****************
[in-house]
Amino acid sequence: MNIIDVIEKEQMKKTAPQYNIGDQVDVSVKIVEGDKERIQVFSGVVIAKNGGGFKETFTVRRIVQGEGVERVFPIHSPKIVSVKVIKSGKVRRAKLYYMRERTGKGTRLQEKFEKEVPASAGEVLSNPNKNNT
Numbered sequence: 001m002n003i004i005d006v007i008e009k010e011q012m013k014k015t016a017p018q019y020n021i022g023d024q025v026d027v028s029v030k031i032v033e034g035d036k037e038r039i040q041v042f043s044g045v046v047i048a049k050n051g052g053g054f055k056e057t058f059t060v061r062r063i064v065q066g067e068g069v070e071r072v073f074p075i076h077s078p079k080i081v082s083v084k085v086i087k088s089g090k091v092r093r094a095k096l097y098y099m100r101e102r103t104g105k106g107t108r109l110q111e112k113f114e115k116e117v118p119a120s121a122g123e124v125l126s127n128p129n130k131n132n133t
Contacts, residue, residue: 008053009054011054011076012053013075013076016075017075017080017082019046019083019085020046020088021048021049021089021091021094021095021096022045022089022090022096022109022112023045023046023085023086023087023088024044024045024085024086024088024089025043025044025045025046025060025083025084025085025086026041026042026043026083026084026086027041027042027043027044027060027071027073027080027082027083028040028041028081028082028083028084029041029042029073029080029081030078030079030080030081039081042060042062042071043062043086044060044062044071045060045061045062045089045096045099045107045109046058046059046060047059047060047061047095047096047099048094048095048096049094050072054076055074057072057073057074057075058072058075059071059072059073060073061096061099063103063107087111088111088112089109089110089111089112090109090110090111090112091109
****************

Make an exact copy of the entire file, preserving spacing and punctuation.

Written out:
[in-house]
Amino acid sequence: MNIIDVIEKEQMKKTAPQYNIGDQVDVSVKIVEGDKERIQVFSGVVIAKNGGGFKETFTVRRIVQGEGVERVFPIHSPKIVSVKVIKSGKVRRAKLYYMRERTGKGTRLQEKFEKEVPASAGEVLSNPNKNNT
Numbered sequence: 001m002n003i004i005d006v007i008e009k010e011q012m013k014k015t016a017p018q019y020n021i022g023d024q025v026d027v028s029v030k031i032v033e034g035d036k037e038r039i040q041v042f043s044g045v046v047i048a049k050n051g052g053g054f055k056e057t058f059t060v061r062r063i064v065q066g067e068g069v070e071r072v073f074p075i076h077s078p079k080i081v082s083v084k085v086i087k088s089g090k091v092r093r094a095k096l097y098y099m100r101e102r103t104g105k106g107t108r109l110q111e112k113f114e115k116e117v118p119a120s121a122g123e124v125l126s127n128p129n130k131n132n133t
Contacts, residue, residue: 008053009054011054011076012053013075013076016075017075017080017082019046019083019085020046020088021048021049021089021091021094021095021096022045022089022090022096022109022112023045023046023085023086023087023088024044024045024085024086024088024089025043025044025045025046025060025083025084025085025086026041026042026043026083026084026086027041027042027043027044027060027071027073027080027082027083028040028041028081028082028083028084029041029042029073029080029081030078030079030080030081039081042060042062042071043062043086044060044062044071045060045061045062045089045096045099045107045109046058046059046060047059047060047061047095047096047099048094048095048096049094050072054076055074057072057073057074057075058072058075059071059072059073060073061096061099063103063107087111088111088112089109089110089111089112090109090110090111090112091109